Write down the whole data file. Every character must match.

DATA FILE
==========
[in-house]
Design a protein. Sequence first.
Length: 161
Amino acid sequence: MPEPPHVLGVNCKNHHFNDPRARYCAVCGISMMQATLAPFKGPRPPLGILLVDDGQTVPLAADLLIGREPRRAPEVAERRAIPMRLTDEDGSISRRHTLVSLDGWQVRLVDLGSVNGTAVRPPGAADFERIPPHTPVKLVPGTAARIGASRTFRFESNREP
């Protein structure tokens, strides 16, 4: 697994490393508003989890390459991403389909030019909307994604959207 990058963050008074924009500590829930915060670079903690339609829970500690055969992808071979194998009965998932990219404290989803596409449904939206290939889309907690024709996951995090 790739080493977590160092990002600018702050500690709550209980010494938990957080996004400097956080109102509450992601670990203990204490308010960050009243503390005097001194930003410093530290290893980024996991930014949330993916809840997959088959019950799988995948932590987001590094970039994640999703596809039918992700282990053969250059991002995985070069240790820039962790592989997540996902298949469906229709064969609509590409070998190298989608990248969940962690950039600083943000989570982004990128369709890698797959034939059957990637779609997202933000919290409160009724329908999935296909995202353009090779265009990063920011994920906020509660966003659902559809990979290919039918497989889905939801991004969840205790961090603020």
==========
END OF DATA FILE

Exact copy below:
[in-house]
Design a protein. Sequence first.
Length: 161
Amino acid sequence: MPEPPHVLGVNCKNHHFNDPRARYCAVCGISMMQATLAPFKGPRPPLGILLVDDGQTVPLAADLLIGREPRRAPEVAERRAIPMRLTDEDGSISRRHTLVSLDGWQVRLVDLGSVNGTAVRPPGAADFERIPPHTPVKLVPGTAARIGASRTFRFESNREP
């Protein structure tokens, strides 16, 4: 697994490393508003989890390459991403389909030019909307994604959207 990058963050008074924009500590829930915060670079903690339609829970500690055969992808071979194998009965998932990219404290989803596409449904939206290939889309907690024709996951995090 790739080493977590160092990002600018702050500690709550209980010494938990957080996004400097956080109102509450992601670990203990204490308010960050009243503390005097001194930003410093530290290893980024996991930014949330993916809840997959088959019950799988995948932590987001590094970039994640999703596809039918992700282990053969250059991002995985070069240790820039962790592989997540996902298949469906229709064969609509590409070998190298989608990248969940962690950039600083943000989570982004990128369709890698797959034939059957990637779609997202933000919290409160009724329908999935296909995202353009090779265009990063920011994920906020509660966003659902559809990979290919039918497989889905939801991004969840205790961090603020």